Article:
AGRONoticias América Latina y el Caribe

Noticias: detalle

Las mejores hortalizas: los cultivos locales
Fecha de publicación:14/04/2011
País: Trinidad y Tobago
Fuente: Newsday
After eight consecutive months of increasing global food prices, the Food and Agriculture Organisation of the United Nations (FAO) Food Index predicted that food prices will continue to rise, even though the index dropped in the month of March 2011.

President of the Supermarket Association of Trinidad and Tobago, Vernon Persad is therefore urging consumers to change their buying patterns and spend wisely. “At the end of the day the power is at the hand of the customer, as they have choices,” said Persad. “We have to look at how we eat and what we are eating.”

According to Persad, fruits and vegetables are a large contributor to food inflation because of weather problems, increasing cost of fertilisers and other aspects of production. He suggested planting a small vegetable garden instead of flowers which may save at least $100 at the end of the month. Persad noted that India and Pakistan recently closed off their exports on rice, and other countries that have traditionally been suppliers of TT have also cut off their supplies. “One of my greatest worries in food is food security,” said Persad. “Not if we would have enough money for food, but whether items would be available at all. That is why we have to start looking at producing our own food... I think it is important that we go back into rice production,” he added.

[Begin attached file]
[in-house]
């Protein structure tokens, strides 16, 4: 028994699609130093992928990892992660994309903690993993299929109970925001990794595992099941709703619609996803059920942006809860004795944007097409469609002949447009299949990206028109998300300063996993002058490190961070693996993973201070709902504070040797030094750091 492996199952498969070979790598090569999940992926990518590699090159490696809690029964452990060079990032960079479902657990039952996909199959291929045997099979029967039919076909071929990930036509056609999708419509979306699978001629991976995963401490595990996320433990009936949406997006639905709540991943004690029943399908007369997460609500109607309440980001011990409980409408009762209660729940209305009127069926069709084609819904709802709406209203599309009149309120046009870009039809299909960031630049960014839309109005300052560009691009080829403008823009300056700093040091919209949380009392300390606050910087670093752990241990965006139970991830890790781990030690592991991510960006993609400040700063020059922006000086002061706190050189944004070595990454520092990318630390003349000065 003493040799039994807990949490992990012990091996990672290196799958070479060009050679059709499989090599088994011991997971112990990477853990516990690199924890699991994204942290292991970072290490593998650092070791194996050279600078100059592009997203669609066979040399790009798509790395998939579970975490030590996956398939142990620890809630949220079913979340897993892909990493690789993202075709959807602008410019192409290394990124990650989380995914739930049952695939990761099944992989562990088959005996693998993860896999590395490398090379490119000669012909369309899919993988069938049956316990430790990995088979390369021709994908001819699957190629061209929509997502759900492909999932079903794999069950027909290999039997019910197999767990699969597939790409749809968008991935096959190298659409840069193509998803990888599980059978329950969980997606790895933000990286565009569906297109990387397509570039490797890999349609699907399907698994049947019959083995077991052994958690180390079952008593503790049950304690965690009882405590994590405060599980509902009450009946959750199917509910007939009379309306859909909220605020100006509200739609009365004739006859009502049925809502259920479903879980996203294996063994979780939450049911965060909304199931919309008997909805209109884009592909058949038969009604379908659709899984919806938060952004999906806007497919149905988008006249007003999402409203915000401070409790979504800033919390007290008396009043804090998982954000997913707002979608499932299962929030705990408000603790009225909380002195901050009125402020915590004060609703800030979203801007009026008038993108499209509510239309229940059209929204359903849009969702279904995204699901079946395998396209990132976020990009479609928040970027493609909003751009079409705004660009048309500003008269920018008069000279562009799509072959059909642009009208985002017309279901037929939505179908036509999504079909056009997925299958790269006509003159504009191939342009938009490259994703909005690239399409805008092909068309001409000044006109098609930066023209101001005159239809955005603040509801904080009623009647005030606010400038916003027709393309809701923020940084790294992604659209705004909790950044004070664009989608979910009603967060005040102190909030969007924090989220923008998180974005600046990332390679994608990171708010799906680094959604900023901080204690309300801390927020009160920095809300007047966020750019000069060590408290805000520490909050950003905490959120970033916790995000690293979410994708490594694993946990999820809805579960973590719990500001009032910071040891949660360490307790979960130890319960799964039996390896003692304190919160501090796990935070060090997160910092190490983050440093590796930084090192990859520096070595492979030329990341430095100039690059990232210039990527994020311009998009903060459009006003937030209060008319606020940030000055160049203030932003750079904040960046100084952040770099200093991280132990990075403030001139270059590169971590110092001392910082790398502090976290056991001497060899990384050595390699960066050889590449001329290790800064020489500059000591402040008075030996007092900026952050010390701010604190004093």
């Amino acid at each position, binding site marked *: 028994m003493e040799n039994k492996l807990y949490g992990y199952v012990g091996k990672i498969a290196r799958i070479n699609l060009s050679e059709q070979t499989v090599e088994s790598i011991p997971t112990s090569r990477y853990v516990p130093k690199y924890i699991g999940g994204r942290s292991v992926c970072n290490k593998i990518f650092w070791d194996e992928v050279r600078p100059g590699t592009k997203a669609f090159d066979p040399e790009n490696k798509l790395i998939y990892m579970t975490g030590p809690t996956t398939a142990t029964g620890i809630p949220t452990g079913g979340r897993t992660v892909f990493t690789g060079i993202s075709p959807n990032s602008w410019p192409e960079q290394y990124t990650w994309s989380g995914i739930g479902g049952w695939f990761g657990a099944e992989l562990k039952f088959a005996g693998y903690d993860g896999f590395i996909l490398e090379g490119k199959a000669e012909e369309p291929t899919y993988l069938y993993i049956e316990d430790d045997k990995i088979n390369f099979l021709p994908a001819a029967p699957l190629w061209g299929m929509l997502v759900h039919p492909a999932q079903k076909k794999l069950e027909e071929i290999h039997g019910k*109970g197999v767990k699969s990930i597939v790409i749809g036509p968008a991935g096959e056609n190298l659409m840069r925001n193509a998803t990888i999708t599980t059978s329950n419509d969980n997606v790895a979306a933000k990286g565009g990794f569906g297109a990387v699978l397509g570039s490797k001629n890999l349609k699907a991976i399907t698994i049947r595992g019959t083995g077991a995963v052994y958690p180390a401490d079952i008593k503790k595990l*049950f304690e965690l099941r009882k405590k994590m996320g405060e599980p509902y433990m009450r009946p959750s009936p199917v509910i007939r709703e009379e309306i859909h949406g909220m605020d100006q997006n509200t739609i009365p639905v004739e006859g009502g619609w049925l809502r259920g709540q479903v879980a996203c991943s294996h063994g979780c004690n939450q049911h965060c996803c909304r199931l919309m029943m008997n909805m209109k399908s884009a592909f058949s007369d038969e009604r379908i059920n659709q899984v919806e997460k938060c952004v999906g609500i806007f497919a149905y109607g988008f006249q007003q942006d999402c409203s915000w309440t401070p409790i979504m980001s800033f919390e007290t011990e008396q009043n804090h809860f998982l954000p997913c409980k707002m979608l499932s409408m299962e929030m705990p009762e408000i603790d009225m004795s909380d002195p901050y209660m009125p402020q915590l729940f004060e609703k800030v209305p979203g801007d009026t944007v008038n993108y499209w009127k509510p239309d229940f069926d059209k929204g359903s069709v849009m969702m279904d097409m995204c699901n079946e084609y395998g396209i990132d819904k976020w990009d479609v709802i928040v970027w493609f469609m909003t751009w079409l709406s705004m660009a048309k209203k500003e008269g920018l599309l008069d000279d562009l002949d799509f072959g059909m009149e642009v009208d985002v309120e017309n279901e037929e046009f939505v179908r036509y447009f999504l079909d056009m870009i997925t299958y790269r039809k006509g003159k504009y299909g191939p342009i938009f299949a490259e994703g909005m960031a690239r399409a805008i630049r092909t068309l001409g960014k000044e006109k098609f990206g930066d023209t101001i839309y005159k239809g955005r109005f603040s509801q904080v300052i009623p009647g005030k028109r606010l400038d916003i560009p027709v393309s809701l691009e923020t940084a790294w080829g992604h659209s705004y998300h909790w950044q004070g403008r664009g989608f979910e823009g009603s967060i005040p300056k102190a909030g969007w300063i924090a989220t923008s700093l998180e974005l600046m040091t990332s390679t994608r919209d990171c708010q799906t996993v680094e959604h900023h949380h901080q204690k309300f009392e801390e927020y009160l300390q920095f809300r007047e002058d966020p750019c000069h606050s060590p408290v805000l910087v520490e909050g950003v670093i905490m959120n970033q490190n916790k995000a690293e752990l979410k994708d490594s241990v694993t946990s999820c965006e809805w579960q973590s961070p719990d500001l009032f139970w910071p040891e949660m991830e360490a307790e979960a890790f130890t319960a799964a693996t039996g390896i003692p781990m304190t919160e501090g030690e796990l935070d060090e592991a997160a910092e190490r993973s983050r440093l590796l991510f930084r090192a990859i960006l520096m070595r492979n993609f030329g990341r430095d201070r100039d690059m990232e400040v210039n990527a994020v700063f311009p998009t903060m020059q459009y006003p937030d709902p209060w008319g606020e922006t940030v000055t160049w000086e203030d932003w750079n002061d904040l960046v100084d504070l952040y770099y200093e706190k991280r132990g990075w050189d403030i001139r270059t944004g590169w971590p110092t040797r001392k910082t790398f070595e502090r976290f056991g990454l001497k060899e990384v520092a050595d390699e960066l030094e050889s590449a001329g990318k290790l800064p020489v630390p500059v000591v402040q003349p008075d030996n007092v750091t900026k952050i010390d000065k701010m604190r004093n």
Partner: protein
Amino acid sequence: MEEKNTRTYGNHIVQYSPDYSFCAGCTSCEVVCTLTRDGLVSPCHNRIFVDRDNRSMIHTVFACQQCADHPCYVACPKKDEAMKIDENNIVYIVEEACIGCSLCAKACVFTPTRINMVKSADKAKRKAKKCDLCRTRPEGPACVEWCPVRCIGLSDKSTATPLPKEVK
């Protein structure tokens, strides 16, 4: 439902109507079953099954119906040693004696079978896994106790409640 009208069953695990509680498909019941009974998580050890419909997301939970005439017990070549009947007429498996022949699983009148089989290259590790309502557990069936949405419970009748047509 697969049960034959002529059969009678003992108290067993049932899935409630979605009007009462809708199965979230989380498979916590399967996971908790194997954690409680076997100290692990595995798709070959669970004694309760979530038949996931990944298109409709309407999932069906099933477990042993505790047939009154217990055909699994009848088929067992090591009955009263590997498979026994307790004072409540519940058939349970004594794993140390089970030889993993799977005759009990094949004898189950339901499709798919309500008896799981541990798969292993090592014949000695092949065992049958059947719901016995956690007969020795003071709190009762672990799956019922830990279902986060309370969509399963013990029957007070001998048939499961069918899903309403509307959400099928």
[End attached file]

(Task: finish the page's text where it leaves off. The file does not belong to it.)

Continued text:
The Ministry of Food Production, Land and Marine Affairs has been implementing measures to deal with the crisis. However, most of the benefits will come in the long term. Persad believes that, in the interim, home vegetable gardens would hedge the international prices.

“I know it sounds strange, the Supermarket Association telling customers to plant instead of buy, but when customers don’t have money to spend, it will affect us also,” said Persad. “By educating our customers on how they buy, it will ensure everyone’s survival.” Persad also pointed out that 81 per cent of the country’s food products are imported. Therefore, what happens on the international markets — floods in Australia, earthquakes in Japan, unrest in the Middles East — affect us. He suggested customers take a proactive approach, and buy products, products such as rice and oil, and the supermarkets are catering to such.

Palabras clave: cultivos locales, hortalizas, precio de los alimentos, Trinidad y Tobago
Author: Janelle De Souza
Publicado por: Newsday